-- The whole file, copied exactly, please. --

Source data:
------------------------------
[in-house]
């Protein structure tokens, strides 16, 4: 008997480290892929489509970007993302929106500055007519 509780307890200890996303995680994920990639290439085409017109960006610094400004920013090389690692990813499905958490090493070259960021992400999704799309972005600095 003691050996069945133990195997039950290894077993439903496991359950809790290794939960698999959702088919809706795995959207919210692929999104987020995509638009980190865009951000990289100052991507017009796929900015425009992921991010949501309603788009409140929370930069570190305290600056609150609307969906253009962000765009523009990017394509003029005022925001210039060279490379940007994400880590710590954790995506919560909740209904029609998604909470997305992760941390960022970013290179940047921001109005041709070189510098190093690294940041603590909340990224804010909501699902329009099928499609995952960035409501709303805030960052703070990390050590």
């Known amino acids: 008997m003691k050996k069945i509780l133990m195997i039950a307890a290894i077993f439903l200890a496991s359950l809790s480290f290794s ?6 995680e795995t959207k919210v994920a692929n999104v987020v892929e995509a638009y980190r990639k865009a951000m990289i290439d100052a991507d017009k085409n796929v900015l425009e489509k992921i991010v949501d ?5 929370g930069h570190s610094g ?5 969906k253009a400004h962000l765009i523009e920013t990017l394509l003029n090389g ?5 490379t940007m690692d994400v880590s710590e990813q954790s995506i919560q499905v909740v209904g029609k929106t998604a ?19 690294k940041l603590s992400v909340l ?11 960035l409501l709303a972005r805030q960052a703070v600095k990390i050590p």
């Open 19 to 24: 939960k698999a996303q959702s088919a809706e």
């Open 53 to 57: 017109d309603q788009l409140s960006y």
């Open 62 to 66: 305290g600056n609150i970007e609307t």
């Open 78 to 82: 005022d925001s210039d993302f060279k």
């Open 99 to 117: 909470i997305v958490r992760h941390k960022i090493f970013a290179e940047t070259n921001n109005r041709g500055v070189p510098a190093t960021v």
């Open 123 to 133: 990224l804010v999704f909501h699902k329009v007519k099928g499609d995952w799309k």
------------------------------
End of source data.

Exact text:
[in-house]
């Protein structure tokens, strides 16, 4: 008997480290892929489509970007993302929106500055007519 509780307890200890996303995680994920990639290439085409017109960006610094400004920013090389690692990813499905958490090493070259960021992400999704799309972005600095 003691050996069945133990195997039950290894077993439903496991359950809790290794939960698999959702088919809706795995959207919210692929999104987020995509638009980190865009951000990289100052991507017009796929900015425009992921991010949501309603788009409140929370930069570190305290600056609150609307969906253009962000765009523009990017394509003029005022925001210039060279490379940007994400880590710590954790995506919560909740209904029609998604909470997305992760941390960022970013290179940047921001109005041709070189510098190093690294940041603590909340990224804010909501699902329009099928499609995952960035409501709303805030960052703070990390050590």
């Known amino acids: 008997m003691k050996k069945i509780l133990m195997i039950a307890a290894i077993f439903l200890a496991s359950l809790s480290f290794s ?6 995680e795995t959207k919210v994920a692929n999104v987020v892929e995509a638009y980190r990639k865009a951000m990289i290439d100052a991507d017009k085409n796929v900015l425009e489509k992921i991010v949501d ?5 929370g930069h570190s610094g ?5 969906k253009a400004h962000l765009i523009e920013t990017l394509l003029n090389g ?5 490379t940007m690692d994400v880590s710590e990813q954790s995506i919560q499905v909740v209904g029609k929106t998604a ?19 690294k940041l603590s992400v909340l ?11 960035l409501l709303a972005r805030q960052a703070v600095k990390i050590p």
């Open 19 to 24: 939960k698999a996303q959702s088919a809706e």
């Open 53 to 57: 017109d309603q788009l409140s960006y």
């Open 62 to 66: 305290g600056n609150i970007e609307t």
């Open 78 to 82: 005022d925001s210039d993302f060279k």
């Open 99 to 117: 909470i997305v958490r992760h941390k960022i090493f970013a290179e940047t070259n921001n109005r041709g500055v070189p510098a190093t960021v």
């Open 123 to 133: 990224l804010v999704f909501h699902k329009v007519k099928g499609d995952w799309k």